There’s silence in a basement kitchen in Soho. On the corner of Wardour Street, below Paul A. Young Fine Chocolates, three men are piping liquid into moulds. The first wraps the piping bag around his right-hand and slowly squeezes the hanging udder of the inverted triangle. About half a centimetre of gooey caramel is given to each dome before moving to the next. Beside him there is a marmalade mix being piped into chocolate squares, and at the back, one of the kitchen brigade has forgone his piping duties to spread chocolate across a marble slab. Like a painter and decorator preparing a sheet of wallpaper, he slides the molten liquid back-and-fourth with a spatula.
Paul A. Young (the A. is for Andrew, so you know he’s not going to take requests for “Love of the Common People”) is showing me around his Soho outpost. I’m here because I f––king love his Sea Salted Caramels. Everyone does. It’s why Paul has started running classes on how to prepare them, and they sell out within hours of being announced. It’s not enough that the public can buy them from his stores. Or that Lindt, Godiva, Hanley’s, Hotel Chocolat and Green & Blacks have their own varieties alongside Charbonnel et Walker’s Sea Salt Caramel Truffles, Waitrose’s Chocolate & Salted Caramel Shortbreads and M&S Salted Caramel Cupcakes. They want to create them at home for their own impatient gormandizing. It’s a national obsession: the new Kit Kat, the chocolate we crave and go-to for lunch, tea breaks, when in front of the television and moments of solitude.
Aaahhh… it washes through my mouth, opening up beyond the milk-chocolaty-crunch and gushes out ganache chocolate, followed by salty prickle-tickles on my tongue, and a quiver from my bottom lip, like kissing a girl for the first time
Upon arrival I half expect Paul to appear from behind the counter, plump as a bonbon and face smeared with chocolate. He is in fact slight and cheery, and clearly not someone who delves into his sugary repertoire often. It’s a little disappointing. I wouldn’t mind meeting Augustus Gloop and dedicating my morning to gluttonous-gobbling of chocolate, toffee, fudge and treacle-leaking truffles.
Paul beams a smile from his groomed, ginger stubble and shows me the goodies around the shop floor. By the window is a vat of hot drinking chocolate next to a pile of cellophane-wrapped brownies. On the centrepiece table: Aqua Riva Margarita, Passion Fruit Curd, 85% Ecuadorian RAW, Yorkshire Tea & Biscuits, Billington’s Triple Sweet Truffle, Lemon, Basil & Almond, Smoked Sea Salt & Bourbon and other lick-ya-lips creations.
I’m drawn to the collection which has already been refilled since I arrived. It’s the Sea Salted Caramel. By far their best seller. My mouth shuts down under temporary confectionary trauma as a stringy-dribble falls from my lips.
“Try one of these”, Paul says, handing over a domed morsel of chocolate. He doesn’t have to ask twice and I pop it in my mouth. Are you supposed to take a bite first? To study the inside and let the chocolate work in your mouth? Savour the flavour and texture before continuing on with a second, third nibble? It’s too late, I’ve committed the greatest of chocolate tasting faux pas. Aaahhh… it washes through my mouth, opening up beyond the milk-chocolaty-crunch and gushes out ganache chocolate, followed by salty prickle-tickles on my tongue, and a quiver from my bottom lip, like kissing a girl for the first time.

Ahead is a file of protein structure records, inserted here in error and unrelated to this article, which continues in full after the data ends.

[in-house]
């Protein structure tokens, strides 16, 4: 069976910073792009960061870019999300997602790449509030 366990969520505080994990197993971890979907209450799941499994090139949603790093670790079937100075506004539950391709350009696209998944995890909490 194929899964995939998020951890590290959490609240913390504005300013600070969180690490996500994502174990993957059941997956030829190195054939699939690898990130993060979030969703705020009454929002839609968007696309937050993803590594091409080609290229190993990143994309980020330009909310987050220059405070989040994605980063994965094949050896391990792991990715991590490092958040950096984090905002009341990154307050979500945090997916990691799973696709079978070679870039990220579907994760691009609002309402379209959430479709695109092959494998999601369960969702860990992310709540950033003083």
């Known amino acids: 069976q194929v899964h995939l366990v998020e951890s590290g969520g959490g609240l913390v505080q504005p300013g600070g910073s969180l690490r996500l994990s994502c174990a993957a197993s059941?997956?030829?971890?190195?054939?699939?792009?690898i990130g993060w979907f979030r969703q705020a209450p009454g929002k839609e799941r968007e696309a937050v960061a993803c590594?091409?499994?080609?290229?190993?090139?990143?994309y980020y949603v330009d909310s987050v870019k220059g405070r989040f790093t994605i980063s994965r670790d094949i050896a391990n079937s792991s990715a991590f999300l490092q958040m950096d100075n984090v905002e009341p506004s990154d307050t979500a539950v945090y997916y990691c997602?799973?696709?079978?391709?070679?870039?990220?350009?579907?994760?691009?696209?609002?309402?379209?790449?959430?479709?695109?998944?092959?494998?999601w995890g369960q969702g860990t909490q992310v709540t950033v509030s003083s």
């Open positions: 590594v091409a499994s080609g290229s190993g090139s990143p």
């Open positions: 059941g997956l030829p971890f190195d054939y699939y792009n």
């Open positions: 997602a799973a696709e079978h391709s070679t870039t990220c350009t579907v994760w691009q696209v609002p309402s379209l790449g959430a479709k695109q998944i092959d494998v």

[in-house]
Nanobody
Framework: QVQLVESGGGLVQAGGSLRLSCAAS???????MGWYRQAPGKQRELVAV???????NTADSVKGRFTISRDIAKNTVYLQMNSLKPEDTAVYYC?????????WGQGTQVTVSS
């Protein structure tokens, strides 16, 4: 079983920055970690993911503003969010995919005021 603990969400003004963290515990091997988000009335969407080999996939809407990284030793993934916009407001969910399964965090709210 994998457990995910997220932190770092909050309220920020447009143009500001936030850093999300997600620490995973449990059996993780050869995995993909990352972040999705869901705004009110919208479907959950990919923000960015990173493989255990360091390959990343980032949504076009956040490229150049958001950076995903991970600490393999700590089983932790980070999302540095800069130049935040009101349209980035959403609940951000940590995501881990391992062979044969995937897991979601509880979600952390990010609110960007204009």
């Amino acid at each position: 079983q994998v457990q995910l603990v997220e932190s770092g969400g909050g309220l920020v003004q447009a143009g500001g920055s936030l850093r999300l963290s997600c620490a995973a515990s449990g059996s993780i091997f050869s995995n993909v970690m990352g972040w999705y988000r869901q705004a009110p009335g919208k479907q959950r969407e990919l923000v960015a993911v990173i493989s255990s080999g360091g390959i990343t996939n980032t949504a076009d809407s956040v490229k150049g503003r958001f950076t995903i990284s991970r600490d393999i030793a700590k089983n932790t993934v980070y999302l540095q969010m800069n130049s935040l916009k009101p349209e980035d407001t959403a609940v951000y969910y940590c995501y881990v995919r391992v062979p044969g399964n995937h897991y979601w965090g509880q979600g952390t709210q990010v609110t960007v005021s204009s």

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“It’s consistently our top seller”, Paul says. “No shit!” I think – this is a form of mouth foreplay. He continues to sell their popularity to me, but there’s no need. “The UK’s having this fascination with sea salt and chocolate and the Sea Salted Caramel just won Gold at the International Chocolate Awards”. We’re all hooked on the stuff.
Back in the basement Paul goes through the design process, showing me the scribbles on the whiteboard and how the operation works. Scribbled are the words: “ginger”, “sesame”, “soy” and capitalised: “SICHUAN PEPPER”; with various percentages referring to the mathematical levels of cocoa. I’m then shown a list of chocolates, many of which already appear on the shop floor, while others await unveiling: Marmite (consistently a top three seller), Pimm’s, Lemon & Lavender, Miso & Seaweed with Sweet Plum and The Banoffee Pie. But will any of them rival the Sea Salted Caramel?
The high level of perfectionism is obvious, after all, Paul is the only bona fide chocolatier in the UK making chocolates daily. With his success already well established on this side of the Atlantic, he is setting his sights on the States. “I travel to New York at least once a year”, he tells me. “We stock Mast Brothers Chocolate [Brooklyn, NY] in the shop and I launched my book Adventures in Chocolate there”.
So, the future looks bright – and salty and runny with caramel – for chocolate and Paul A. Young, both here and abroad. As well as New York he mentions to me plans for a patisserie and chocolate academy, enabling him to educate people about chocolate and its plantation origins, as well as how to develop a bottom-shelf supermarket bar. With this in mind, I question the place of chocolate in today’s society; how we buy it for ourselves and others, wish to make it at home, and invest heavily in its many forms. We are a generation of choc-adicts, truffle-poppers and fatty-sugar-over-loaders… and we’re all flipping out over Sea Salted Caramel, the confectionary equivalent of crack. C